Frailty is associated with technique failure and mortality in prevalent home dialysis patients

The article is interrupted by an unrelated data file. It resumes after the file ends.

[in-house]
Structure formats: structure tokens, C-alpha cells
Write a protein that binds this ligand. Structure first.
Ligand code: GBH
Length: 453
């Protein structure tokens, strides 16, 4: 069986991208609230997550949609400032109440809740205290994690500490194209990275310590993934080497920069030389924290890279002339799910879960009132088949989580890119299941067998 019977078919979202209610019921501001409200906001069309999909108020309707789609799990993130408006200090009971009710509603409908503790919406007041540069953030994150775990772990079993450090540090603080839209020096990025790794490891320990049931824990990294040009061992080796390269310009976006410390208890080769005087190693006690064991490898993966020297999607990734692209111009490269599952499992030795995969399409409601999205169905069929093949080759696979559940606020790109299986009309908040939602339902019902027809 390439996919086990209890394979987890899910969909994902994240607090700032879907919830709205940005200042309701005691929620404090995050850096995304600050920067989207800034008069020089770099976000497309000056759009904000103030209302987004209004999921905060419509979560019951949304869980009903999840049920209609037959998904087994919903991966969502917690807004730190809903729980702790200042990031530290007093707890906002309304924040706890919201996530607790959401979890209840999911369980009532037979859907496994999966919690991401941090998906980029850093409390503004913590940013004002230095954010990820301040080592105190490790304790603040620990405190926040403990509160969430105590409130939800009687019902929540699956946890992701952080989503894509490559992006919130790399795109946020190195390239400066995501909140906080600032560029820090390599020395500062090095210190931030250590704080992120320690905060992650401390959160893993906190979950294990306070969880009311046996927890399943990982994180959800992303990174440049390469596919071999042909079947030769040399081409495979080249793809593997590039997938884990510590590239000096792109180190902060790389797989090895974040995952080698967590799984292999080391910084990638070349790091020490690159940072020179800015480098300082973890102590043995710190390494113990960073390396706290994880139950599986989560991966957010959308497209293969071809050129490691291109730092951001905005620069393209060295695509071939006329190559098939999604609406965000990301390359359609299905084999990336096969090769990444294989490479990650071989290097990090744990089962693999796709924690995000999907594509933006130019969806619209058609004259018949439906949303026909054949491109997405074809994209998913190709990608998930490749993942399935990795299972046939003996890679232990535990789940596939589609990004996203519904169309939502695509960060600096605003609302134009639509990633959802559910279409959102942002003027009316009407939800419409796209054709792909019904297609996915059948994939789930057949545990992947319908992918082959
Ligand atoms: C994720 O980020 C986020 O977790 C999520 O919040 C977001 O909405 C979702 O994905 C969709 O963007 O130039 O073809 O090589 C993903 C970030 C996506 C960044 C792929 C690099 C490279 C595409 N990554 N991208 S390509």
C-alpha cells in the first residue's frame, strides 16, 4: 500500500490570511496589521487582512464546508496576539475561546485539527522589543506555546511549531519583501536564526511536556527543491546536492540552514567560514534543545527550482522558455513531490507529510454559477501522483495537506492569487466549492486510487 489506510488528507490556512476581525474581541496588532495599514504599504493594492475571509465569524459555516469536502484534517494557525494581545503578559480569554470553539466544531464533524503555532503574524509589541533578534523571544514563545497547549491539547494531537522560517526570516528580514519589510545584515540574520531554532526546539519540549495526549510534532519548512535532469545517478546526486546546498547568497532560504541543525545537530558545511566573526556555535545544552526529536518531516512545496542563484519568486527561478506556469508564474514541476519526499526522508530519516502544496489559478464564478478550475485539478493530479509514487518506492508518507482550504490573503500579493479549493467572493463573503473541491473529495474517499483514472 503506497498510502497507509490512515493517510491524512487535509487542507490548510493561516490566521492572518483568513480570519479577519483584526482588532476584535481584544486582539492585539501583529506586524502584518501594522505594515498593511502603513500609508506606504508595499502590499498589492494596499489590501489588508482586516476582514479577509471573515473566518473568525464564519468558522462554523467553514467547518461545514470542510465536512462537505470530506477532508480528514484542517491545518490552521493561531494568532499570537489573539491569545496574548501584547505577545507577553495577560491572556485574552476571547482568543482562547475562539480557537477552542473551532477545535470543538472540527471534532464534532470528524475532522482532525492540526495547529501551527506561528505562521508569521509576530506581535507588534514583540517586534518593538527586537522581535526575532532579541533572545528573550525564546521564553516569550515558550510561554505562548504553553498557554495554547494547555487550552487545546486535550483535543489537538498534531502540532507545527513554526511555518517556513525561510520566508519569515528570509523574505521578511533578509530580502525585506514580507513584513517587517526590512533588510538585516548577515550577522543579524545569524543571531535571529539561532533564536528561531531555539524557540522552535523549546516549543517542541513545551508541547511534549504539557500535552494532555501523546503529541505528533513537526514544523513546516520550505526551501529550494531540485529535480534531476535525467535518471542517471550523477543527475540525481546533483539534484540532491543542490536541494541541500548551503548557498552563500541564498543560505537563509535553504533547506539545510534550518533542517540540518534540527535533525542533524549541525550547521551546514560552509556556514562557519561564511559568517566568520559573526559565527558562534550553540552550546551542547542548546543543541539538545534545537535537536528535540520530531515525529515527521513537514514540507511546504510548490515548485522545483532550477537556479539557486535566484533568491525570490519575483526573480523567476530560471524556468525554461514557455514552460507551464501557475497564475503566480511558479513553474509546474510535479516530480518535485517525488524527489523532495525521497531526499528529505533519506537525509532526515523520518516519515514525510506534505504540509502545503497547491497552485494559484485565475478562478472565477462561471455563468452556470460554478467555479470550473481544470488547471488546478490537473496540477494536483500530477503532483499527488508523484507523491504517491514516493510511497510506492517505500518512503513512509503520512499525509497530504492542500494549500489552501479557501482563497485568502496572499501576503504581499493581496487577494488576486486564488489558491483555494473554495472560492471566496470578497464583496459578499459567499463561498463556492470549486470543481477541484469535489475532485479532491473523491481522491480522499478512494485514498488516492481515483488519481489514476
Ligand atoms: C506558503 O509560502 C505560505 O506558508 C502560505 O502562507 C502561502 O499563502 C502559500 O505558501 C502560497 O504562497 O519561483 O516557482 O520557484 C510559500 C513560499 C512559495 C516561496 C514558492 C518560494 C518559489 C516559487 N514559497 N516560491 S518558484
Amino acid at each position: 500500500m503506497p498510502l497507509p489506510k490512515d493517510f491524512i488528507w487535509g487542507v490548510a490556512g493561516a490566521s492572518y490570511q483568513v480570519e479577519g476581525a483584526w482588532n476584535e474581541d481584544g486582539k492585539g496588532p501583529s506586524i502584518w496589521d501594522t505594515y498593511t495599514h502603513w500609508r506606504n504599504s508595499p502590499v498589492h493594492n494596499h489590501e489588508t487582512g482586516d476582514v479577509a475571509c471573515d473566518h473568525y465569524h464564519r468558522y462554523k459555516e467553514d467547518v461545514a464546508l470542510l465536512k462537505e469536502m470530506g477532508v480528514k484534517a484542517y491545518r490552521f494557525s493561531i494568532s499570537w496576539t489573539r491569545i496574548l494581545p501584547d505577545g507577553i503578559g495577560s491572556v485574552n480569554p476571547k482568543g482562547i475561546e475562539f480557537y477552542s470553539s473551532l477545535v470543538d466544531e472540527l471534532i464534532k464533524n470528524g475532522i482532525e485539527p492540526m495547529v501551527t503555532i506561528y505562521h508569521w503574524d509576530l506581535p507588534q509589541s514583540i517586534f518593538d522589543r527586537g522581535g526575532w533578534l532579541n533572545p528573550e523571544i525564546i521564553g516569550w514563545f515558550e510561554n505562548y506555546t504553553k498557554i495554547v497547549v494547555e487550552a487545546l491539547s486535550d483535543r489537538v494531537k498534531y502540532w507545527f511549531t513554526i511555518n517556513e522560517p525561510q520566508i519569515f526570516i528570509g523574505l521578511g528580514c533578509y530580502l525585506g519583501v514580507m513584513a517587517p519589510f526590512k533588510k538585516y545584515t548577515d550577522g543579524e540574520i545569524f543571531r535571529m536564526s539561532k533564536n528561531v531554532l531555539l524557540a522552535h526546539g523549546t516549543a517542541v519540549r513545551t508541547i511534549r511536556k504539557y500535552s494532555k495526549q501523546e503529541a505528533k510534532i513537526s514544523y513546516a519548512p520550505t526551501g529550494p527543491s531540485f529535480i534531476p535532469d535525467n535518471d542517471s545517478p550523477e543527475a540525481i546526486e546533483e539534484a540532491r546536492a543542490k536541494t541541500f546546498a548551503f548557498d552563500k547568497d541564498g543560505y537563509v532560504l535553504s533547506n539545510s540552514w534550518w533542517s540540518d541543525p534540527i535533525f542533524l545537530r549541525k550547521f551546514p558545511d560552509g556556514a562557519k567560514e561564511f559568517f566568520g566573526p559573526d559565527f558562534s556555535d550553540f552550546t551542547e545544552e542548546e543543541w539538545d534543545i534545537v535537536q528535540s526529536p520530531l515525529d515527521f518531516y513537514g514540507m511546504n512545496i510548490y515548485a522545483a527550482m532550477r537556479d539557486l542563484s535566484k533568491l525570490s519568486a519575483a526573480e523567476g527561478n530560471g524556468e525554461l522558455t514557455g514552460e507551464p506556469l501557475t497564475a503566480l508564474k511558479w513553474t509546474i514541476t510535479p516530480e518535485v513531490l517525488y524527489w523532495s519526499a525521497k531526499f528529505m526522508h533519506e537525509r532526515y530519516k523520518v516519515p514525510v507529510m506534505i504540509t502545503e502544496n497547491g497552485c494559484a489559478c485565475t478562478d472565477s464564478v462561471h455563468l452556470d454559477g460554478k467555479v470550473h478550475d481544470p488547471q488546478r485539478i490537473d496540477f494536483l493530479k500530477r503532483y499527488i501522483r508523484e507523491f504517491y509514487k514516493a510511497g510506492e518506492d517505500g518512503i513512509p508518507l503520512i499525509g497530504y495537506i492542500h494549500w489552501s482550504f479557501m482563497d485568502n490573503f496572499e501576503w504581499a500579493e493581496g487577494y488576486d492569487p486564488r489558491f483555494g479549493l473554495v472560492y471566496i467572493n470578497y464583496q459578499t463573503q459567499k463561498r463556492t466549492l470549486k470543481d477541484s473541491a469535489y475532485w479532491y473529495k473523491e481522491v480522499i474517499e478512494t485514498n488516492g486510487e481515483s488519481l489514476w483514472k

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Dialysis, while life preserving, is associated with poor quality of life and high healthcare costs. Home dialysis modalities offer equivalent survival to in-center dialysis but have quality of life advantages and reduced healthcare costs; however, nearly half of home dialysis patients experience technique failure within two years and transition to in-center dialysis. Frailty has been associated with poor outcomes in kidney disease, but not study has evaluated its association with the outcomes of technique failure and mortality in those with kidney failure being treated with home dialysis. Furthermore, little research has been done in evaluating agreement between different constructs of frailty. In our prospective single center cohort study, we evaluated 109 peritoneal dialysis and home dialysis patients for frailty using the modified Fried criteria, the short physical performance batter (SPPB), and physician and nurse impressions. Over the course of the study 39 patients had technique failure and 38 died. Agreement between objective tools (modified Fried and SPPB) was found to be moderate (Cohen’s kappa=0.55) and agreement between subjective tools (physician and nurse impressions) to be good (kappa=0.63). All assessment tools were associated with a two-fold increase in risk of technique failure or death independent of age, sex, and common comorbid conditions except for the SPPB with hazard ratios of 2.42-2.53. Frailty is associated with adverse outcomes in home dialysis and is easy to assess at bedside. External validation followed by clinical implementation of frailty assessment as part of the home dialysis evaluation should be considered as the next steps.